On the contrary, neither the temperature record (warming trend from before introduction of human produced CO2) nor the glacial melt trend (a pre-existing trend from before any greenhouse effect from industrial CO2) coincide in time or scale to human production of CO2.

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    Moderator Response:

    [Dikran Marsupial] Please do not challenge moderators to censor or delete your posts, this is rather childish behaviour, and in future will result in your posts being deleted.  Please read the comments policy and abide by it.  If you think that your post is likely to be off-topic, then simply make your comment on a more appropriate article and continue the discussion there (and post a comment here linking to the continuing discussion on the other thread).

    Note you would only expect to see such a clear correlation if anthropogenic CO2 forcing were the only forcing that affected the climate and in the absence of significant internal variability, so this article may be a good place to discuss your question..

  17. likeitnot (presently)@16 wishes to see "a clear correlation between the beginning of human CO2 emissions and evidence of warming" as proof that AGW is real, as the basis for such a "belief." Interestingly, such a 'clear correlation' can be discerned even though CO2 is not the sole agent of AGW.

    Scripps Institute present an excellent graphic of CO2 levels for various time intervsals. This shows the present CO2 increases can be traced back to the early 1800s.

    It then just requires a short trip to the UN IPCC AR5 WG1 report to examine Figure 5.7 and note that the start of the present trend in rising temperatures also began in the early 1800s. Further, the recent rising temperature trend is not just unique in scale over the last millenium or two, but also unique over the entire Holocene era.

    I would consider that to be pretty clear.

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  18. I agree that "socioeconomic-political terms" are not clear ways of communicating because they are "open to interpretation".

    For this issue a more meaningful scale would be one with the following limits:

    • Will fight to maximize potential benefit from things that are understood to be unacceptable (unsustainable and harmful actions).
    • Will forego potential personal benefit and fight for the development of a sustainable better future for all. ("sustainable" is another term needing to be defined every time as "something that all humans would be able to concurrently develop to do if they wished and that could be continued indefinitely on this amazing planet.". Many people merge sustain with prolong. Some people deliberately try to do that in their messages.)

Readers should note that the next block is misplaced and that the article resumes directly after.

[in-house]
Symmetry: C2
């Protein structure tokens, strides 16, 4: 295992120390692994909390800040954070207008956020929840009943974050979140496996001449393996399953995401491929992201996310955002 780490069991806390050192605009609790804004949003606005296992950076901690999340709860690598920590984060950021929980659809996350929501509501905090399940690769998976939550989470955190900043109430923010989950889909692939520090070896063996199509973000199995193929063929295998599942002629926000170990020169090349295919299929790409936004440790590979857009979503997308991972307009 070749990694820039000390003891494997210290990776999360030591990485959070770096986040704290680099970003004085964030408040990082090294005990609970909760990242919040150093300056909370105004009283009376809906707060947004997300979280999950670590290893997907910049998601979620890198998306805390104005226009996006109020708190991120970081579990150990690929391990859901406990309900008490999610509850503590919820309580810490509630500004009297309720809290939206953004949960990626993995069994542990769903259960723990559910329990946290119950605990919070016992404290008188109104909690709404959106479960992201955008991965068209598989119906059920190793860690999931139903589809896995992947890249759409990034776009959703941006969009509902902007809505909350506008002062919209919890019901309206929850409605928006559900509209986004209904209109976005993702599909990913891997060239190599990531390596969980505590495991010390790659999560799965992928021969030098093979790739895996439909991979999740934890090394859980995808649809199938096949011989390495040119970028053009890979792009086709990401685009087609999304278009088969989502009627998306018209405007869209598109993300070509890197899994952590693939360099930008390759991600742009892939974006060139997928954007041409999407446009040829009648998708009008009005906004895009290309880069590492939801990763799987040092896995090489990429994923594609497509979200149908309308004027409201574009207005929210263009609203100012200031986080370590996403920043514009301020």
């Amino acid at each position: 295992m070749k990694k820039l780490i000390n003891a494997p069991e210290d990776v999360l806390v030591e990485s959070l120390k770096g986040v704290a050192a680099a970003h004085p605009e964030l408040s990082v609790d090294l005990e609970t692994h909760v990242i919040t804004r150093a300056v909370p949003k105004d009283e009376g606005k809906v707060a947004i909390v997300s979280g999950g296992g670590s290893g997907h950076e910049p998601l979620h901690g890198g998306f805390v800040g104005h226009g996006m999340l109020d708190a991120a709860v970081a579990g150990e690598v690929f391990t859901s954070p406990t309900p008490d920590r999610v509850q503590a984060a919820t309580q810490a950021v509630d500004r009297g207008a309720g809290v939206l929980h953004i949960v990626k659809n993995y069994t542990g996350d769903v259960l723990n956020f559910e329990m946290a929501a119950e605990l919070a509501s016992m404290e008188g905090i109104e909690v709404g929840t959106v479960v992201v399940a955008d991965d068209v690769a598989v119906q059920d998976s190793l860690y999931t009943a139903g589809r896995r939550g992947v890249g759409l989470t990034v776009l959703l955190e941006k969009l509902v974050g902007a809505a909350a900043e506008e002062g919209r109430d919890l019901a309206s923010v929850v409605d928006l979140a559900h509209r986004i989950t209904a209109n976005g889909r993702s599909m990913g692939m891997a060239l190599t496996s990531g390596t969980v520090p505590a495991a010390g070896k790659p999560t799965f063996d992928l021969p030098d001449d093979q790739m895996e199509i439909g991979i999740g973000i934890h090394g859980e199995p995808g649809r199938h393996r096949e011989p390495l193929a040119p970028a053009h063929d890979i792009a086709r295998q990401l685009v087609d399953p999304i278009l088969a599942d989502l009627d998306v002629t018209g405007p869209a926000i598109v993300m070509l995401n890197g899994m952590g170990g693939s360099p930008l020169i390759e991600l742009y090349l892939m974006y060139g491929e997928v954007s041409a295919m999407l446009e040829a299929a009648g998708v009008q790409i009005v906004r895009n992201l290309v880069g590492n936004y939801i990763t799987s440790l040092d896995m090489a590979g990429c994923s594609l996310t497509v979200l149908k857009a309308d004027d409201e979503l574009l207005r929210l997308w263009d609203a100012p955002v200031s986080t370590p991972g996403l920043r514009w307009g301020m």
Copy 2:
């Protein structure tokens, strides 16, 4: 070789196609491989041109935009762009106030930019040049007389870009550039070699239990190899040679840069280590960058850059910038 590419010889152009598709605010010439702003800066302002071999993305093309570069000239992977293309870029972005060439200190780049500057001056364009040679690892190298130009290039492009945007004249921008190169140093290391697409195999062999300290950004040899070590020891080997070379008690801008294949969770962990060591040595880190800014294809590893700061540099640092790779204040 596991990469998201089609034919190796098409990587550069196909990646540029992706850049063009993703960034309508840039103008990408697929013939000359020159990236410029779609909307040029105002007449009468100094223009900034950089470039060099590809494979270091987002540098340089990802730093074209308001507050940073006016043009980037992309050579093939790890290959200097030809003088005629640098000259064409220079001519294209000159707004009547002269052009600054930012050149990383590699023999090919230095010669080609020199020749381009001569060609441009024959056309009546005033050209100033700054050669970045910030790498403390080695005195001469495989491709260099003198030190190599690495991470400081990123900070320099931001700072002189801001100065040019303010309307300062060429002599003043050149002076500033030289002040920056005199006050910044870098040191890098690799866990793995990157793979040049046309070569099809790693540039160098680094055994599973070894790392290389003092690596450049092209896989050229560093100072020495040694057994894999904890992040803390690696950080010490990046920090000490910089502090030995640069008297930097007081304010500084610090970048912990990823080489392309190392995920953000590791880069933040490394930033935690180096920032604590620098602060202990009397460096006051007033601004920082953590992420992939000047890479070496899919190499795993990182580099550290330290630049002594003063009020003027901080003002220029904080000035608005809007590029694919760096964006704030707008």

On that scale, the different levels of acceptance of any of the facts of this matter would be expected to appear consistently, and the reason for the difference would be clearer. Any results contrary to such expected results would deserve deeper investigation.

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  19. Classifying people into left, right, socialist, communist, greenie, or fascist  is not going to reflect the scientific consensus along political lines. Such terms are lazy pseudo-intellectual classifications of people so that opposing political arguments in a debate can be easily dismissed using a stereotype.

    With regard to global warming and climate change, it seems that people who believe that AGW is actually happening seem to have at least a rudimentary understanding of some aspect of the science, while those who don't believe that AGW is happening do so more for political or commercial reasons than for scientific reasons.

    To the wider public, the AGW debate appears to be more political than scientific and may be the cause of the disinformation/ignorance gap. Also, the scientists and political groups arguing that AGW is happening spend more time on the indications and the impacts of AGW, rather than the basic science behind the theory which isn't articulated often enough in a manner that the wider public understand.

    The whole global warming debate can be easily summed up in terms the public can understand:

    * That CO2 is a greenhouse gas due to the interaction of the CO2 molecule and infrared radiation from the sun causing it to warm, just like microwave radiation in a microwave oven heats water molecules and cooks our food, or long wave radio waves being bounced off the ionosphere to make long range radio communications possible, or ultraviolet light causing sunburn, or ozone stopping ultra violet light making life possible on the planet.

    * That CO2 is accumulating in the atmosphere mostly from burning fossil fuels and land clearing, and if the planet doesn't warm as a result, then some of our understanding of the basic science which forms the basis of our technological society is seriously flawed. This is the basis for the Global Warming argument.

    * That warming of a fluid or gas increases the turbulence of the motion of the atoms of the gas or fluid. It is true in a container in a lab and it is true for whole planet. This increased turbulence will change the weather patterns which will change the global climate. This is the basis for the Climate Change argument.